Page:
My personal belief is that overcoming unhelpful fear and anxiety requires that you create memories that can modify or overpower the memories in your central nervous system that are responsible for these harmful emotions. But this is no easy task, as your current memories are deeply established electrical and chemical connections that exist between the trillions of interactive surfaces that exist between the billions of nerve cells that make up your brain.
To give you a clear idea of the depth of complexity we are talking about, please consider the following data:
The average personal computer has approximately 100 billion bytes (100 GB)
The print collection of the Library of Congress in the United States is composed of approximately 32 trillion bytes
Your brain contains up to 1,000 trillion synapses
An article on memory in the November 2007 issue of the National Geographic puts it like this:
"A memory is a stored pattern of connections formed by the brain's neurons, or nerve cells.
"A chemical neurotransmitter released by one neuron signals another.
"Each point of connection is called a synapse, and the average adult brain holds trillions."
To create health-promoting memories that are powerful enough to free you from a chronic state of fear and anxiety requires that you work hard at being mindful of the thoughts that you choose on a moment-to-moment basis because the thoughts that you choose are what shape your beliefs and the new memories that are being formed in your brain.
If you are skeptical of how much power you have to overcome chronic fear and anxiety via the thoughts that you choose and the beliefs that you adopt, please consider the remarkable story of Roger Bannister, the first man to run a mile in under 4 minutes.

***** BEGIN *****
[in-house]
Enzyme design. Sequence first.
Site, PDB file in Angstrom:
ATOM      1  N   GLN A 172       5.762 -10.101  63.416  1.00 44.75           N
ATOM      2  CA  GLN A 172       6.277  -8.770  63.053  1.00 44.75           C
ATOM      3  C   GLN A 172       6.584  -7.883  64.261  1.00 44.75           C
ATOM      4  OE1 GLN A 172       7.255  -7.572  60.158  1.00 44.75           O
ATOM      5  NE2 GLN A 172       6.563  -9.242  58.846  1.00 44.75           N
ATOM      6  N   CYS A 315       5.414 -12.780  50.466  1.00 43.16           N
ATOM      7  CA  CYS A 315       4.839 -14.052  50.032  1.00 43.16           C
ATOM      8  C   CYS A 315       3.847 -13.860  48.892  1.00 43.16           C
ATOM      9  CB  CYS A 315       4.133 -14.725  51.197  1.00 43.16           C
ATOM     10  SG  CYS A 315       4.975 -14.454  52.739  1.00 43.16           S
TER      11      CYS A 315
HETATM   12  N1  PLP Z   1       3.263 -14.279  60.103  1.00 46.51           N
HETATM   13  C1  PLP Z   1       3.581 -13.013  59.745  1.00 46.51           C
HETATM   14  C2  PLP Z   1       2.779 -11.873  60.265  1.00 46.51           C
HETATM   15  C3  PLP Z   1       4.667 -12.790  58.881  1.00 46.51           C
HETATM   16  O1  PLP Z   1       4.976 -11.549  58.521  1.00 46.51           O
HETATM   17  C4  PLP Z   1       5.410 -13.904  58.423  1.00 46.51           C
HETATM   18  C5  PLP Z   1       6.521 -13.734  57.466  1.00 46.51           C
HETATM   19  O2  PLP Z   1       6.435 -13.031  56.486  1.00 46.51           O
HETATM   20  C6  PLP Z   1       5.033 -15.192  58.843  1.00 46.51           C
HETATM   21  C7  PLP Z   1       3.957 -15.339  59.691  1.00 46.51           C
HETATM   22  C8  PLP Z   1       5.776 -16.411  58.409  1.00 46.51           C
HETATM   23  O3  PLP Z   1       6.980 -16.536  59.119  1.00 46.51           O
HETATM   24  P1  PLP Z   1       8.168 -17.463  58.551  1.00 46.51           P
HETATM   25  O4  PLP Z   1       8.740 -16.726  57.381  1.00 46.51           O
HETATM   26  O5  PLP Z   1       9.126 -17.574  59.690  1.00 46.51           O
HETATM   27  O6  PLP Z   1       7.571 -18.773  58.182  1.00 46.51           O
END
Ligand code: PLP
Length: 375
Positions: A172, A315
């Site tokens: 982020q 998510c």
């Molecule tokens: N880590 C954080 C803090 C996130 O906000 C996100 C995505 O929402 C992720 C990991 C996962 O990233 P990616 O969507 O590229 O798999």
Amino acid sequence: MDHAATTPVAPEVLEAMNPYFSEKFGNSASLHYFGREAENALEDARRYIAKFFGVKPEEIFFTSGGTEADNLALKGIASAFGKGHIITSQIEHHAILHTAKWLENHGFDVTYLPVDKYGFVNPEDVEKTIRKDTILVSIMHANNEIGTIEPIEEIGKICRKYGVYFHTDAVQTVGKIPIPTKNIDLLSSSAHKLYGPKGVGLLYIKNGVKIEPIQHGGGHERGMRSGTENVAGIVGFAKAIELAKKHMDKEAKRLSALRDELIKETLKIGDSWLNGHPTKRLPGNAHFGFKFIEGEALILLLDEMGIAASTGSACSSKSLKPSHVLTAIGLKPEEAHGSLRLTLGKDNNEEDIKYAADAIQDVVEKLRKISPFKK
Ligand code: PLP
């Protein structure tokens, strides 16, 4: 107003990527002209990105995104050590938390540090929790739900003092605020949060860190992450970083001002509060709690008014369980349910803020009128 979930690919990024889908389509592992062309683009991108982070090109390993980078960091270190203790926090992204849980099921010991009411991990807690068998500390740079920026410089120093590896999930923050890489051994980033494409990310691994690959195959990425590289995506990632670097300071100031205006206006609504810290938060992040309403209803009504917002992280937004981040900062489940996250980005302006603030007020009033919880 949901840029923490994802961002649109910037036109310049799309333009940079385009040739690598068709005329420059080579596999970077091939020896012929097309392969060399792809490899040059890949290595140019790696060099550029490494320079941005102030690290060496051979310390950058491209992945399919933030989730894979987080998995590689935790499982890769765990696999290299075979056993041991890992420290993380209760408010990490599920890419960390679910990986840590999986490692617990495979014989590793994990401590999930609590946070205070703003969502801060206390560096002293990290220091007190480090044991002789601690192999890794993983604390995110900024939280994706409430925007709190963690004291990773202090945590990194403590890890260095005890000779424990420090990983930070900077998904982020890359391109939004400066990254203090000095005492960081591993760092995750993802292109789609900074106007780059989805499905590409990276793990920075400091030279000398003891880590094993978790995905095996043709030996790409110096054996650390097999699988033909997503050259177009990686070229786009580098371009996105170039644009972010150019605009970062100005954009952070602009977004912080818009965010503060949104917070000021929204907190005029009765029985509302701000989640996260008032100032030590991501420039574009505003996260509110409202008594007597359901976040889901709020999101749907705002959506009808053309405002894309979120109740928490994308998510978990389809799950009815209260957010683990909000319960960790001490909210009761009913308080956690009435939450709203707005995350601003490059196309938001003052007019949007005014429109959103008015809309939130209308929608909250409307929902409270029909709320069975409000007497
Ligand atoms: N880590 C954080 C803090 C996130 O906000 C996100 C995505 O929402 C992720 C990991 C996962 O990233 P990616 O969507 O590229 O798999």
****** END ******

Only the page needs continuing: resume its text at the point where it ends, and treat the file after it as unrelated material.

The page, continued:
Before Roger Bannister broke the 4-minute barrier, people felt that it was not physically possible for a human being to run a mile in under 4 minutes.
During his training sessions, Roger repeatedly visualized himself running a mile in under 4 minutes. He did this so often that he got to a point where there were moments when he felt that he had already done it – his imagination had crossed the border into his perception of reality. Put another way, he created enormously powerful emotional memories of his desired goal.
Ultimately, Roger Bannister broke the 4-minute mile barrier because he believed that it was possible.
The most fascinating part of Roger Bannister's story is that after he broke the 4-minute barrier, it was broken 26 times the following year. And as track and field enthusiasts know, it has been broken thousands of times since.
In retrospect, we can see that when Roger Bannister broke the 4-minute barrier, he also broke the collective belief that human beings couldn't run a mile in under 4 minutes. When others realized that it was possible, they too began to believe they could do it, which led to them manifesting their beliefs.